It’s been a huge week for Mr Yum CEO Kim Teo. On the same day the mobile payments company announced it had raised $89million in a second funding round, she landed in Melbourne after 10 months overseas.
“The three best words to describe how I’m feeling right now are proud, grateful and to be honest, relieved,” Teo said.
It’s the largest Australian Series A funding round for a female-led company, and the third-largest Series A in Australian history. The Series A follows Mr Yum’s $11million Post-Seed round in April 2021, bringing the total funding raised by the company to more than $100million.
Investors in the round, lead by Tiger Global, include Skip Capital (the private fund of Atlassian co-founder Scott Farquhar and Kim Jackson), Tennis Australia’s Wildcard Ventures, Broadsheet founder Nick Shelton and Kogan founder Ruslan Kogan. Existing investors TEN13 and AirTree also followed-on in this round, making their largest investments to date into the company.
Other investors in Mr Yum include US-based Australian NBA star Patty Mills of the San Antonio Spurs and Grammy Award winning artists Rüfüs Du Sol.
Teo told Drinks Digest it was “humbling and exciting” to be a trailblazing female CEO in a space that has previously been dominated by men.
“There has never been a better time to be a female,” she said. “I wish it wasn’t newsworthy, but there’s still a disparity in participation and successful funding between gender. There is also a gap in talent across technical roles in startups. We want to encourage more females to join the industry, including engineers and founders. At Mr Yum we have an even gender split across the founders and near even across the leadership team. But there’s more to be done, we’ll keep chipping away at it!”
Mr Yum was founded in November 2018 by Teo and her “partner in life, business and in capital raising”, Adrian Osman. In just three years it has become a global-leading mobile ordering, payments and growth platform. More than just QR code ordering, it encompasses a suite of features for operators, including payments, loyalty, marketing and customer insights.
Teo said the funding round will accelerate the company’s global growth and help cement the post-pandemic recovery and trajectory of the hospitality and entertainment industries around the world.
“We couldn’t be more excited about the new partners that have joined our crusade. This round of capital allows us to triple down on our global lead on product innovation as we grow our teams across Australia, the UK and the US,” she said.
She admits it’s been a “wild ride” introducing a revolutionary new approach to menus.
“Menus hadn’t evolved in hundreds of years, consumers are visual and want to understand what they’re ordering, so Mr Yum was created with the simple idea of bringing menus to life with photos of every dish,” she said.
“We then expanded into allowing guests to order and pay on their phone by scanning a QR code, removing the administrative tasks in service like taking orders, processing payments and splitting bills. This frees up restaurant staff to create more magical guest experiences and deliver great hospitality, while increasing average order value by 20-40%. The platform has expanded well beyond ordering and payments – our goal is to build ‘the Shopify for restaurants’.”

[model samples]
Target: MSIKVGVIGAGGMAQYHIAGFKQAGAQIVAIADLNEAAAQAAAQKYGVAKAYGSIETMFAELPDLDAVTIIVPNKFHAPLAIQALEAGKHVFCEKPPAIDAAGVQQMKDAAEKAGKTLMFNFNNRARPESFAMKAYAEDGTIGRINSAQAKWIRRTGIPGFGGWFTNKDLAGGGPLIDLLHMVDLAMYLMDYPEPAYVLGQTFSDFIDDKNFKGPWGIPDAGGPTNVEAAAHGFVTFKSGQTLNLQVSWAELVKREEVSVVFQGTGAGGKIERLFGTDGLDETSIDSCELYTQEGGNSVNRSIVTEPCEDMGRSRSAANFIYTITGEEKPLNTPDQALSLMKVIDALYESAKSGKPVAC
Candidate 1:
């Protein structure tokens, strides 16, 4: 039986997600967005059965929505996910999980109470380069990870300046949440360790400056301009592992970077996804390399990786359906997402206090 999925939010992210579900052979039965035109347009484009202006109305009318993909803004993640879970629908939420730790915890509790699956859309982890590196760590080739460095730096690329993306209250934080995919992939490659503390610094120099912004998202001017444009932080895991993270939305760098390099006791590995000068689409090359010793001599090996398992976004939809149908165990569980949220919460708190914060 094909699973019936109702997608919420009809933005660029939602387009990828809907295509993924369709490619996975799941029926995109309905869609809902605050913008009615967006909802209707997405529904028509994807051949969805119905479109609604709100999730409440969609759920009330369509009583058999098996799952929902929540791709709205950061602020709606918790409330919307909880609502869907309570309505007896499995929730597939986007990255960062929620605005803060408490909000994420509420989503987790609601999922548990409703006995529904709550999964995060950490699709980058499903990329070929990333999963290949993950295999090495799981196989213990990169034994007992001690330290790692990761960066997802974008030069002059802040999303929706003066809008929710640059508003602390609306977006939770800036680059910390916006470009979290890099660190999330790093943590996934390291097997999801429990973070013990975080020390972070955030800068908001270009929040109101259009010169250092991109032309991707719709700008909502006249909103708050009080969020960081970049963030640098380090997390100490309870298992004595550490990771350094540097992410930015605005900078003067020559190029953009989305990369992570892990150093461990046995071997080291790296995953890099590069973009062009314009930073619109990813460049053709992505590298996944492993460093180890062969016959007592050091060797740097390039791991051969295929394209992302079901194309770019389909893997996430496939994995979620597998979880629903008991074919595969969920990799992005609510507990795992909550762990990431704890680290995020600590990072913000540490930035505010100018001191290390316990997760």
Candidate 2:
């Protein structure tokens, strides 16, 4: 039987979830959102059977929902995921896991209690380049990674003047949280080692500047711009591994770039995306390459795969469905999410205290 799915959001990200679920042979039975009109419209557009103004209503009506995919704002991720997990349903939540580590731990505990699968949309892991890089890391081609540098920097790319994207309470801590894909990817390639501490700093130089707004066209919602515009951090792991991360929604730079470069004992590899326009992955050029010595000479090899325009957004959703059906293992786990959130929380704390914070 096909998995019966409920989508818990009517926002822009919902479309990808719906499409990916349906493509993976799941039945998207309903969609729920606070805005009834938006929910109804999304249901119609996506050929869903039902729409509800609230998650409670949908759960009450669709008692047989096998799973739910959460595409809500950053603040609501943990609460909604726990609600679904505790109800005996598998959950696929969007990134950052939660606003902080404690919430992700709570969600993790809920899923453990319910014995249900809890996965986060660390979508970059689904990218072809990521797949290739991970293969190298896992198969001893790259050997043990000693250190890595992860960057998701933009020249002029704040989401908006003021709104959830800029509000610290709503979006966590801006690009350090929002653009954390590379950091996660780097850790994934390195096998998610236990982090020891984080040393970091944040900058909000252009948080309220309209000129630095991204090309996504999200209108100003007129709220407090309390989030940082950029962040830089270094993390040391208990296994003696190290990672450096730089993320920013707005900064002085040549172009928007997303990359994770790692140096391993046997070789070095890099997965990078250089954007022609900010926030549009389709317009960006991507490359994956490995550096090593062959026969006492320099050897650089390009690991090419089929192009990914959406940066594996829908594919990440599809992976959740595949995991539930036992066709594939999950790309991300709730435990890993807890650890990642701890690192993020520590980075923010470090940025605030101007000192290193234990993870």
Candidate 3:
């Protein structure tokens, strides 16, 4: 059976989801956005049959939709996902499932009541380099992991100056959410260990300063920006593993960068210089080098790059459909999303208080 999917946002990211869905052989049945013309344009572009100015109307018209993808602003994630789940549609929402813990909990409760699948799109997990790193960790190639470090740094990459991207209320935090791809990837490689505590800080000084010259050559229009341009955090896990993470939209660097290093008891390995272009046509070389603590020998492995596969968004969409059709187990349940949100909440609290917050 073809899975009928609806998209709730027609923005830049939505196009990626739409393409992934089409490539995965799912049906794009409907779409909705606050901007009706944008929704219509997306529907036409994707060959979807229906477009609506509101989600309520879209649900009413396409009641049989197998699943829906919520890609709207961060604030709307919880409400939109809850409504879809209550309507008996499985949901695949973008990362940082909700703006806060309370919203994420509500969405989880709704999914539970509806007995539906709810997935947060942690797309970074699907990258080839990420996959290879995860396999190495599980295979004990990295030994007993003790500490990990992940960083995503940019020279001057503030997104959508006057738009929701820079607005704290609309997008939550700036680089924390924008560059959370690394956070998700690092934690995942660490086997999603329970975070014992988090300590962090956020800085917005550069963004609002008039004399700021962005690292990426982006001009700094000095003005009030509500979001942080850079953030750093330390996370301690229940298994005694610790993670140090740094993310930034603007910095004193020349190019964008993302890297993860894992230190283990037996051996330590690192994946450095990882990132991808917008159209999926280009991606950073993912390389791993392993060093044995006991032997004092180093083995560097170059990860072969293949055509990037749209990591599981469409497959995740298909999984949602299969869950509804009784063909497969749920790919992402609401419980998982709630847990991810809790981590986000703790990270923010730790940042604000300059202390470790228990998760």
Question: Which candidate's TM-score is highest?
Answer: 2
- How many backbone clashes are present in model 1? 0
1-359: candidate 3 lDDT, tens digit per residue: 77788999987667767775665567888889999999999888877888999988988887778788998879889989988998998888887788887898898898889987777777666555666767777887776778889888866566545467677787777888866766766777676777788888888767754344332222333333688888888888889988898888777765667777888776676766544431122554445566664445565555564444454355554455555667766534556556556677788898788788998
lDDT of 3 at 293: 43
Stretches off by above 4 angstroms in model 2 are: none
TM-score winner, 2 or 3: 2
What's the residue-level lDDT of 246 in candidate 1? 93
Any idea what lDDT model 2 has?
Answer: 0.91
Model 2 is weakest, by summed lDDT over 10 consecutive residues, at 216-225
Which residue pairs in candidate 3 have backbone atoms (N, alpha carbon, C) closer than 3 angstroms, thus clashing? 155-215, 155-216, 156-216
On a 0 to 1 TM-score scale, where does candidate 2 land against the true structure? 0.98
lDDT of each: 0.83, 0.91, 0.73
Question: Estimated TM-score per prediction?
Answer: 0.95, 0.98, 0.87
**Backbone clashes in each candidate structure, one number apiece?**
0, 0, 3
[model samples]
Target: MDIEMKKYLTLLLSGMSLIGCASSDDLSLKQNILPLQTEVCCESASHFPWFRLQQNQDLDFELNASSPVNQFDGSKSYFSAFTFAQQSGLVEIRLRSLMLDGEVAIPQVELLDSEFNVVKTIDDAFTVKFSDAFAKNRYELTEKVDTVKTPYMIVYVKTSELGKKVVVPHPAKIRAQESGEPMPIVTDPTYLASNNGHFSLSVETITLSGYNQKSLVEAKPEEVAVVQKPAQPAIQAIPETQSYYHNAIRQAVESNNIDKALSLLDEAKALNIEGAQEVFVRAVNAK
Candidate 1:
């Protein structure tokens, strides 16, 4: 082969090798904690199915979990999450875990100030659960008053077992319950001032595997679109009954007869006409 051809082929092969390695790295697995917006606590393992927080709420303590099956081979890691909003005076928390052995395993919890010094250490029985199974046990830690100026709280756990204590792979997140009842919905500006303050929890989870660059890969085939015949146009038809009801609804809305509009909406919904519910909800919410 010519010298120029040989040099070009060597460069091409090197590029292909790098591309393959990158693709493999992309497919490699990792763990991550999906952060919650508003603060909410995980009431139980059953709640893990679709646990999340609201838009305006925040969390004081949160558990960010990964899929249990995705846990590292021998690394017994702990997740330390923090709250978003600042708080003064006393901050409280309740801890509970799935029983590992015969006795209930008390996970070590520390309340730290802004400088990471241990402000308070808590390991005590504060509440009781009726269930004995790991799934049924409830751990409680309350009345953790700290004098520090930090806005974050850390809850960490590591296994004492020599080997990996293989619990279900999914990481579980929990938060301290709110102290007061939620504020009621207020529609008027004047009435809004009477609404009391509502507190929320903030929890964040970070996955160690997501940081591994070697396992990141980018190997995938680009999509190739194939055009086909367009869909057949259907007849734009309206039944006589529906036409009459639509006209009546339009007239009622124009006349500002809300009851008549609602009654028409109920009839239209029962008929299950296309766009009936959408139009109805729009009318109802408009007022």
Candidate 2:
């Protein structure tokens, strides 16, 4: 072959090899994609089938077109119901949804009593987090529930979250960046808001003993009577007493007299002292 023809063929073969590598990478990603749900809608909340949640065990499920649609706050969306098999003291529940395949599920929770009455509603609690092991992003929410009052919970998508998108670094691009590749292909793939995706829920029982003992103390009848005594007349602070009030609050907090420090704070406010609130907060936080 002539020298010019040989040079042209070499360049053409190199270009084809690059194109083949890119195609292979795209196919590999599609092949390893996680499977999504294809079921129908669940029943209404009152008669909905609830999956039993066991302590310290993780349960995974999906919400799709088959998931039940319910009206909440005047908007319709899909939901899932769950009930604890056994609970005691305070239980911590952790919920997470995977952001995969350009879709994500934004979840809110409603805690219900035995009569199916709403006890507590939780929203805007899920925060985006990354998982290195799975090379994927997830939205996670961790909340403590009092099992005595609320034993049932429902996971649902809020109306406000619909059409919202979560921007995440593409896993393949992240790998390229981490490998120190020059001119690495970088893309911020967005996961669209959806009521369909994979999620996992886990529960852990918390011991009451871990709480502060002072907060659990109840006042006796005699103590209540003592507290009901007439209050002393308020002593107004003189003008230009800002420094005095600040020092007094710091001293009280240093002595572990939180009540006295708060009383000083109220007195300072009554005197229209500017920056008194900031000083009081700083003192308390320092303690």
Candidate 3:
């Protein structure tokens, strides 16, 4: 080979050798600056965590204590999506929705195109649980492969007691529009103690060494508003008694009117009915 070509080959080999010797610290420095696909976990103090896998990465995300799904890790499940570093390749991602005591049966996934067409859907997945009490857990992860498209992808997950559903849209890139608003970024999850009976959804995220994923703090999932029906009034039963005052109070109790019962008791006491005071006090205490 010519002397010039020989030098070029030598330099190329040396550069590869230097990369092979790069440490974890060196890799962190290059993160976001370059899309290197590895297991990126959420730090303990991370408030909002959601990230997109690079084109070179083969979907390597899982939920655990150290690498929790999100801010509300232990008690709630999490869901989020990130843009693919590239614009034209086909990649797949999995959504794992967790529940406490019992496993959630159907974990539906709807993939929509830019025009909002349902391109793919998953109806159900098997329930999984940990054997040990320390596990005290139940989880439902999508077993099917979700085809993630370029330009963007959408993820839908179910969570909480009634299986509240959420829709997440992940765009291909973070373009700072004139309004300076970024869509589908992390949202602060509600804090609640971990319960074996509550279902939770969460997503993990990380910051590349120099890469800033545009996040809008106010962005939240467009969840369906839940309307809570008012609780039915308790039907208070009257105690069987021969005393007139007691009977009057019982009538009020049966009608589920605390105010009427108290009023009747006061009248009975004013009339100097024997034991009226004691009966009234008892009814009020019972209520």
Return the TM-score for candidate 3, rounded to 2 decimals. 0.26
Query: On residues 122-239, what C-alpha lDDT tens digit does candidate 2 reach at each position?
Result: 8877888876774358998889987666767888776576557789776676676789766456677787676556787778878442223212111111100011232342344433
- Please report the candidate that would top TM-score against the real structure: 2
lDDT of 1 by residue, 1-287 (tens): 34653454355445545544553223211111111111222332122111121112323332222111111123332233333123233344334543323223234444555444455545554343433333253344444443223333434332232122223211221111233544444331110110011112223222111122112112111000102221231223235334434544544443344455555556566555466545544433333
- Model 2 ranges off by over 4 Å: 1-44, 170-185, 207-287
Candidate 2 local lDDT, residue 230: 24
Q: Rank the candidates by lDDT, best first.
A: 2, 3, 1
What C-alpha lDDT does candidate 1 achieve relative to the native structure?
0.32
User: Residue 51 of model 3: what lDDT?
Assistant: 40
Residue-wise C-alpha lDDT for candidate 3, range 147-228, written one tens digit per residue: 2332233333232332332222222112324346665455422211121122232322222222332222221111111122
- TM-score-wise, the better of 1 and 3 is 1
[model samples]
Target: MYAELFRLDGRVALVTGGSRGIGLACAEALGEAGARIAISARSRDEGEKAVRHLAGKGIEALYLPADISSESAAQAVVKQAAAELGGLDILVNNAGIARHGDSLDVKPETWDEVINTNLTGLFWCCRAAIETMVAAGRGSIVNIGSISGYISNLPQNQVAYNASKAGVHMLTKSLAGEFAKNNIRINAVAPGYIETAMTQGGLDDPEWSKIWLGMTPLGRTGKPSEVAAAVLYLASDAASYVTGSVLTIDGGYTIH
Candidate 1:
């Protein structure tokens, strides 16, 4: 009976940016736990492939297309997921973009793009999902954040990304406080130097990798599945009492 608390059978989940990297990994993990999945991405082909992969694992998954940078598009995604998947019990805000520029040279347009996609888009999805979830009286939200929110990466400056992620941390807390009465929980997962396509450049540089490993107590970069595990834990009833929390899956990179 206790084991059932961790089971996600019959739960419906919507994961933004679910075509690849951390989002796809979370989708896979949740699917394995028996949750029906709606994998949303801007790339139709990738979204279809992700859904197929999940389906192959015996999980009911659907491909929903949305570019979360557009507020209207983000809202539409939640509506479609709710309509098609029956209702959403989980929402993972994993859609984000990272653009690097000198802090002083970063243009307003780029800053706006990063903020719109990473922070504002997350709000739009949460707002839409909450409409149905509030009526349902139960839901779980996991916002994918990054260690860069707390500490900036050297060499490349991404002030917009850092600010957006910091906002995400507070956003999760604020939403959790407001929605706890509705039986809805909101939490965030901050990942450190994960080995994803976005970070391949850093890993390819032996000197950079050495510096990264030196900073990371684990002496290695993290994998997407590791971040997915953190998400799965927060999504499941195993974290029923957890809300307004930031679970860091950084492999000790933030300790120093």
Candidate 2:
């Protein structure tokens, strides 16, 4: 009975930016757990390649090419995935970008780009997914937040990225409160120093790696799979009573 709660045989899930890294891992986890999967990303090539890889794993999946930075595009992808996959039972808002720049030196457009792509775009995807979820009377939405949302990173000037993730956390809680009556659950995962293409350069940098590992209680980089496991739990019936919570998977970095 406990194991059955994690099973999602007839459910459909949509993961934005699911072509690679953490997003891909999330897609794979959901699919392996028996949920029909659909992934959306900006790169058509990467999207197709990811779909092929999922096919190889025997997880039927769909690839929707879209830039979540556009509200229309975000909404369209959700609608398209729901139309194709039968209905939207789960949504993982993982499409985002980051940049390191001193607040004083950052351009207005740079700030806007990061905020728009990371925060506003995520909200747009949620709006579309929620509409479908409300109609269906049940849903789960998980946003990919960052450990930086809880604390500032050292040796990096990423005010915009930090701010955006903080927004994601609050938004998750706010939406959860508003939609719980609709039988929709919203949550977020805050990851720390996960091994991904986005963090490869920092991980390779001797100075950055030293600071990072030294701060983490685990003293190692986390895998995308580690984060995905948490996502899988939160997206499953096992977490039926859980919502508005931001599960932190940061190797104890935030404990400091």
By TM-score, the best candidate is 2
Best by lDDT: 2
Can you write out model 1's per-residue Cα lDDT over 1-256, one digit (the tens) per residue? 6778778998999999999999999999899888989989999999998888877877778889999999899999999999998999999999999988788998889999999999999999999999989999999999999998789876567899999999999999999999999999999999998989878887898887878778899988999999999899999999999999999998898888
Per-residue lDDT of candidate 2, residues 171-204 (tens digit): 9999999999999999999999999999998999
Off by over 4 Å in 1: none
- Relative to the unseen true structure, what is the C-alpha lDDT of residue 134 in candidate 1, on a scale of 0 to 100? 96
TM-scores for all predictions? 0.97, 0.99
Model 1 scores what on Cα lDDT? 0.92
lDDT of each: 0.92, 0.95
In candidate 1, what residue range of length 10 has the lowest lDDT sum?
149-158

Why Australia is at the forefront of restaurant technology
Mr Yum led the way with web-first mobile ordering and popularised QR codes in a Western dine-in context long before the pandemic ushered in the mainstream adoption of their use.
As a first-mover, Mr Yum has now become the category leader and has been adopted in all types of venues, including casinos, theatres, shopping centres, cinemas, cruise ships and airports as well as restaurants, bars, pubs and cafes.
“To our earliest group customers in Australian Venue Co and Funlab, we wouldn’t be here without you,” Teo said. “And to the 1,500+ restaurants, cafes, pubs, bars, events and hospo groups that followed, thank you for choosing Mr Yum.”
The company has grown from 12 to more than 120 full-time staff in the past 18 months, with teams in Sydney, Brisbane, London, Los Angeles, the Philippines and the Melbourne headquarters. Mr Yum has more than 1500 venues using the platform globally along with 13 million users.
“It’s been an incredibly difficult time for many of our customers, but this industry has a way of staying positive and adapting in tough times,” Teo said.
“The pandemic has so drastically changed the mindset and adoption of technology for the hospitality and entertainment industries globally. And this isn’t a temporary shift – once venues see the magic of how technology can improve their business and guest experience, they never look back.
“I’ve had the privilege of being in many cities across the US and Europe this year and have learned how intrinsically similar the industries we serve are globally – we’ve never been more excited and bullish about building something as impactful and long-lasting as what Shopify has created in retail.”
AirTree partner James Cameron said it’s rare to see consumers adopt a new behaviour as quickly as they have with Mr Yum’s products.
“Their QR codes have now become ubiquitous in Australia, and it’s happened pretty much overnight,” he noted. “They’re now helping hospitality venues all over the country bounce back from a very tough period through COVID, and with this new funding they are able to double down on their international markets, where they are already growing faster than they were in Australia.”